Apple had a field day with Google in court here on Thursday.
Apple started to pick away at the Department of Justice's claim that the tech giant conspired to inflate e-book prices by repeatedly and rapidly firing questions at a key Google witness.
The tactic paid off for lead Apple attorney Orin Snyder, who began to wear down on Thomas Turvey, director of strategic relationships for Google. Turvey appeared increasingly frazzled and frustrated as the afternoon went on.
Apple Inc. (AAPL) executives were prepared to abandon plans to enter the e-book business on the eve of the company’s 2010 debut of the iPad, Penguin Group USA Inc. Chief Executive Officer David Shanks testified in the U.S. government’s civil antitrust trial against Apple.
Shanks, called on the second day of the trial in Manhattan federal court, yesterday described his company’s decision to sign a deal known as an agency agreement for Apple to sell Penguin’s electronic books. He said Penguin signed on after initially resisting Apple’s pricing model.
Devotees of Sherlock Holmes are a famously obsessive bunch, and in the 126 years since Arthur Conan Doyle introduced his coolheaded detective they have certainly had plenty of real-world intrigues to ponder alongside fictional ones like “The Adventure of the Blue Carbuncle.”
There have been fierce battles over control of Conan Doyle’s estate and the preservation of his former home in Surrey, England — to say nothing of the wild speculations surrounding the mysterious 2004 death of a prominent Holmes scholar who was found garroted with a shoelace shortly before a controversial auction of Conan Doyle papers.
Alan Sepinwall's "The Revolution Was Televised." / What's Alan Watching? Journalist and author Alan Sepinwall joined a group of select few self-published authors whose books have been picked up by a major publisher. Touchstone, an imprint of Simon & Schuster, acquired Sepinwall's book "The Revolution Was Televised," it was announced on Wednesday..
Macmillan, the last of the major publishers still fighting the U.S. Justice Department over antitrust charges, says it has renegotiated its e-book deals with retailers to allow some discounting.
In an open letter posted on his book-publishing company's website Wednesday afternoon, MacmillanChief Executive John Sargent said the firm is still committed to fighting the antitrust case brought by the Justice Department involving allegations that Macmillan and four other publishers plus Apple Inc. (AAPL) conspired to raise e-book prices.
On the heels of the announced Penguin/Random House merger, Laura Hazard Owen at PaidContent has a piece about preliminary talks between HarperCollins and Simon & Schuster. HC parent company News Corp, was reportedly ready to make a cash bid to acquire Penguin once its talks with Random House became public.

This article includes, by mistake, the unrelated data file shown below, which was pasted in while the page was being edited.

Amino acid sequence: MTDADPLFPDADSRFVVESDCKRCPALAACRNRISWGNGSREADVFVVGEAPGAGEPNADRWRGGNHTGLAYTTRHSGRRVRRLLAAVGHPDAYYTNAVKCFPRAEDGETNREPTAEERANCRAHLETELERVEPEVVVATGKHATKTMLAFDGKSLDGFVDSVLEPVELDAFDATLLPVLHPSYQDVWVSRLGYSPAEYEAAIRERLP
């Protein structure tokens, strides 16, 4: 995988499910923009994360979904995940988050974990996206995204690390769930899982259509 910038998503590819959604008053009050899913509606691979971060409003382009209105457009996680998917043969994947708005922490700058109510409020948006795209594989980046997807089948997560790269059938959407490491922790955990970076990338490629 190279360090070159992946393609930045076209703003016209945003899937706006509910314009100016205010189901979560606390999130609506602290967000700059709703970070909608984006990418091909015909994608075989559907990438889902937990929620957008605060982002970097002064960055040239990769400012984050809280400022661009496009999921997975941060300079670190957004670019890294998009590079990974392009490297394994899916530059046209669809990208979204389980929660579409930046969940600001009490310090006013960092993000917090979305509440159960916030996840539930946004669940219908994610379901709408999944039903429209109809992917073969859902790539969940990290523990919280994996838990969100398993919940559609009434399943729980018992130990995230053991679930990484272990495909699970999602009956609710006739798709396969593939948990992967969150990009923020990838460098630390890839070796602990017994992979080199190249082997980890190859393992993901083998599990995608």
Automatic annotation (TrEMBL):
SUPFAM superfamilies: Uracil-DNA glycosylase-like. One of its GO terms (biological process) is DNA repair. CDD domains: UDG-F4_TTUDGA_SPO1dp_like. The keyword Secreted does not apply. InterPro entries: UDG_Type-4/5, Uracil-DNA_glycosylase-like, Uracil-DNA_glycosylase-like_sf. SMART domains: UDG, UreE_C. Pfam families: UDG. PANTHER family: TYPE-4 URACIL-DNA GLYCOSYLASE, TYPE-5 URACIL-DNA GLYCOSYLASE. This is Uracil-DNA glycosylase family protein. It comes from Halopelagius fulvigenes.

While Random Penguin was a meme goldmine, HarperSchuster doesn't seem quite as hashtag friendly.
With the vaunted "Big 6" set to become a "Big 5" and possibly a "Big 4", we expect someone, somewhere to report rumors of talks between Hachette and Macmillan in 3…2…1…
On Friday afternoon, The New York Times' Nick Bilton posted an item on the paper's Bits blog entitled "Apple Now Owns The Page Turn," citing U.S. Patent D670,713.
Incredulous, Bilton wrote:
This design patent, titled, “Display screen or portion thereof with animated graphical user interface,” gives Apple the exclusive rights to the page turn in an e-reader application.
Yes, that’s right. Apple now owns the page turn. You know, as when you turn a page with your hand. An “interface” that has been around for hundreds of years in physical form. I swear I’ve seen similar animation in Disney or Warner Brothers cartoons.
(This is where readers are probably checking the URL of this article to make sure it’s The New York Times and not The Onion.)
Have you been following the "Drunk Nate Silver" Twitter meme? Well, vanishing buy button or not, here's news that's bound to make Mr. Silver—the NYT blogger/statistician who predicted the election results witih uncanny accuarcy— intoxicated… with cash:
"On Amazon.com, sales for [Silver's book] The Signal and the Noise: Why So Many Predictions Fail-but Some Don’t were up 850% the day after the U.S. election, according to CNNMoney. By Thursday, it was #2 on the site’s U.S. best seller list and #8 in Canada."
Then again, the odds are good that he predicted, that, too. —Brian Howard
When I saw Jason Ashlock take part in a panel on the future of book publishing at the Aspen Summer Words conference a few months ago, I immediately noticed something different about him: He lacked that black cloud of doom floating over his head that many people involved in the book industry tend to cower under these days.
Ashlock, who makes his living as a literary agent and multimedia book packager, was downright chipper even as he discussed the demise of bookstores, book reviews, and the traditional publishing model.
A group of attorneys general from 29 states filed documents last week, which included charts illustrating the many phone calls made between CEOs of the top publishing companies as Apple prepared to launch the iBookstore. Apple and the publishers are accused of conspiring to fix e-book prices. (Credit: Screen shot Greg Sandoval/CNET) commentary Amazon.com has outmaneuvered Apple in the e-books sector. Nowhere was this made more apparent than in court documents released last week. In antitrust lawsuits filed by the U.S. Department of Justice and others, Apple stands accused of conspiring with five of the six largest U.S. book